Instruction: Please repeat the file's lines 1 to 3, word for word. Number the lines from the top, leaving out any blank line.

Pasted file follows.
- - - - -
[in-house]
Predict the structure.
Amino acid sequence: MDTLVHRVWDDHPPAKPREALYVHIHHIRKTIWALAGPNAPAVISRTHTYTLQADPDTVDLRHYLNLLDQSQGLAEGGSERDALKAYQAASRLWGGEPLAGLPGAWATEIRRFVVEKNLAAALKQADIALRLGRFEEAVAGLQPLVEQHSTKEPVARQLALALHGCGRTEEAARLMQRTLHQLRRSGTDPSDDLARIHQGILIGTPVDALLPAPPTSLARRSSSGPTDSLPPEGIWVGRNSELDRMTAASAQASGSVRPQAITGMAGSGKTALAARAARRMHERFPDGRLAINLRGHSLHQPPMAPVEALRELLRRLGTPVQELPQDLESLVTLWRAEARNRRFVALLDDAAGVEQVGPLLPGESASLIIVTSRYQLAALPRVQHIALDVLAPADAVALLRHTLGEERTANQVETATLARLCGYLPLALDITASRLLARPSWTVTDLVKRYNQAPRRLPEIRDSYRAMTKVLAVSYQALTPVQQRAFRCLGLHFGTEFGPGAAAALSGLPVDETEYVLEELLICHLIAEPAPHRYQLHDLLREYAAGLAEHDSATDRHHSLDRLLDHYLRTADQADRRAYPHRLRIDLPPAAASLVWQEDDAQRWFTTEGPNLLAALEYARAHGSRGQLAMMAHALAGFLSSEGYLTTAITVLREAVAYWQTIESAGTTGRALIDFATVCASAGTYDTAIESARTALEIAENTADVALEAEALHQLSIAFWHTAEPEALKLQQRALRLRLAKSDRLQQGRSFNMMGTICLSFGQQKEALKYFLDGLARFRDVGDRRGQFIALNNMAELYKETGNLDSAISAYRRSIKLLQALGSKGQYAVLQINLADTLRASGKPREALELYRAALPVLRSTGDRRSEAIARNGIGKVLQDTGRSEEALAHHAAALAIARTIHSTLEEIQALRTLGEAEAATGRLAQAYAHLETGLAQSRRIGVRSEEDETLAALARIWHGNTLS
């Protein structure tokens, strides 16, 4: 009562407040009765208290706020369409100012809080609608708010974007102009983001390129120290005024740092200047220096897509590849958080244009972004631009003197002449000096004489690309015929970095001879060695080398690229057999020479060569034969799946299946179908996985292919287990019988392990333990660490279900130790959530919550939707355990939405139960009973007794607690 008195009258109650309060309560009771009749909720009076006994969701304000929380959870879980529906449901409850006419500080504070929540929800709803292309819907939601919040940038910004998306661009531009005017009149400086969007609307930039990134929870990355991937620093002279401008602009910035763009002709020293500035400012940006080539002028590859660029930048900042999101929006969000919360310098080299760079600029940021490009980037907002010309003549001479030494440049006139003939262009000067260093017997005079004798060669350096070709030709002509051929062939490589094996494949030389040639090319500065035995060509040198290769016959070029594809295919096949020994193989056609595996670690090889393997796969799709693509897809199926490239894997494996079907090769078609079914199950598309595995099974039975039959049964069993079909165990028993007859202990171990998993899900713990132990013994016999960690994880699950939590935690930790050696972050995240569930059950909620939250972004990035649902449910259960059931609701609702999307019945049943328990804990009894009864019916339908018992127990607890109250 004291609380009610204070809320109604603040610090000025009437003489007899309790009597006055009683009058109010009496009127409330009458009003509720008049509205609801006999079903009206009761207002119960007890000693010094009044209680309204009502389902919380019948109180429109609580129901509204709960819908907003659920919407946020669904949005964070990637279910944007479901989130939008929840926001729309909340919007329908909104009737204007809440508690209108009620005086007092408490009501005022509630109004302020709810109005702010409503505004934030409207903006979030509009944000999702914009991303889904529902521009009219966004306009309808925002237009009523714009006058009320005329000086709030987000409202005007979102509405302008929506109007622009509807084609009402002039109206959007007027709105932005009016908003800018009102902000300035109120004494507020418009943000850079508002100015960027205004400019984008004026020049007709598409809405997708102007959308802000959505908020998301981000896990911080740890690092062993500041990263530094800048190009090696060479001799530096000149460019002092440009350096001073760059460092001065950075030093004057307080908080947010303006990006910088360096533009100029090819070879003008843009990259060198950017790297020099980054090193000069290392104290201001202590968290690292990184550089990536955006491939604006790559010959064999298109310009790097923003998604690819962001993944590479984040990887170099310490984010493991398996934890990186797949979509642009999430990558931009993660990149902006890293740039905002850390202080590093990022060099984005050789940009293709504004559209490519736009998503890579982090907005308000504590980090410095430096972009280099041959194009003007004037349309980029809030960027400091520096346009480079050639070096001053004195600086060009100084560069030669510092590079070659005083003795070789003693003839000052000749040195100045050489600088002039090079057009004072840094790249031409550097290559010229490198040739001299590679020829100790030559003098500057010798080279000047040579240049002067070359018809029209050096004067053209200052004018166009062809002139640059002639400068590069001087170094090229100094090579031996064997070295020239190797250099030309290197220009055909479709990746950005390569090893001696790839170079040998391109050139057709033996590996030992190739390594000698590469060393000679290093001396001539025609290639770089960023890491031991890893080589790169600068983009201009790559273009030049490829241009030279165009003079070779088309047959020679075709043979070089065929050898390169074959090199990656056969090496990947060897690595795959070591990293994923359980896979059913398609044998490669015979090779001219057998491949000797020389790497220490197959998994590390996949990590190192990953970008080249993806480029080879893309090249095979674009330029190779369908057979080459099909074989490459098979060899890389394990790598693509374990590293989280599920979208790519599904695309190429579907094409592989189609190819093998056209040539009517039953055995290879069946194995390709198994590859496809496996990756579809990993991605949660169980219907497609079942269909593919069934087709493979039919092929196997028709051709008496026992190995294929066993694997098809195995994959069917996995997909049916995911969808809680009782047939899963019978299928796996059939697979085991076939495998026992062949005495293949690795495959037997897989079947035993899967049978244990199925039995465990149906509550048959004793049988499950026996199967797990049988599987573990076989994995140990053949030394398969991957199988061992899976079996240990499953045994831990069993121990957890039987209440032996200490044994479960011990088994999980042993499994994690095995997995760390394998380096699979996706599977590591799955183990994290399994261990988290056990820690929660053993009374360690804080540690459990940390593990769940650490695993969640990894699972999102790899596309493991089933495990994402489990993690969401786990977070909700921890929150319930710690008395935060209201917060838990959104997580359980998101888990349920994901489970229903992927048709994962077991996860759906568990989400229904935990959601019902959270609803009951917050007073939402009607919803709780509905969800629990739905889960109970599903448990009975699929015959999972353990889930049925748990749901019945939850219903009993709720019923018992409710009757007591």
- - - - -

[in-house]
Predict the structure.
Amino acid sequence: MDTLVHRVWDDHPPAKPREALYVHIHHIRKTIWALAGPNAPAVISRTHTYTLQADPDTVDLRHYLNLLDQSQGLAEGGSERDALKAYQAASRLWGGEPLAGLPGAWATEIRRFVVEKNLAAALKQADIALRLGRFEEAVAGLQPLVEQHSTKEPVARQLALALHGCGRTEEAARLMQRTLHQLRRSGTDPSDDLARIHQGILIGTPVDALLPAPPTSLARRSSSGPTDSLPPEGIWVGRNSELDRMTAASAQASGSVRPQAITGMAGSGKTALAARAARRMHERFPDGRLAINLRGHSLHQPPMAPVEALRELLRRLGTPVQELPQDLESLVTLWRAEARNRRFVALLDDAAGVEQVGPLLPGESASLIIVTSRYQLAALPRVQHIALDVLAPADAVALLRHTLGEERTANQVETATLARLCGYLPLALDITASRLLARPSWTVTDLVKRYNQAPRRLPEIRDSYRAMTKVLAVSYQALTPVQQRAFRCLGLHFGTEFGPGAAAALSGLPVDETEYVLEELLICHLIAEPAPHRYQLHDLLREYAAGLAEHDSATDRHHSLDRLLDHYLRTADQADRRAYPHRLRIDLPPAAASLVWQEDDAQRWFTTEGPNLLAALEYARAHGSRGQLAMMAHALAGFLSSEGYLTTAITVLREAVAYWQTIESAGTTGRALIDFATVCASAGTYDTAIESARTALEIAENTADVALEAEALHQLSIAFWHTAEPEALKLQQRALRLRLAKSDRLQQGRSFNMMGTICLSFGQQKEALKYFLDGLARFRDVGDRRGQFIALNNMAELYKETGNLDSAISAYRRSIKLLQALGSKGQYAVLQINLADTLRASGKPREALELYRAALPVLRSTGDRRSEAIARNGIGKVLQDTGRSEEALAHHAAALAIARTIHSTLEEIQALRTLGEAEAATGRLAQAYAHLETGLAQSRRIGVRSEEDETLAALARIWHGNTLS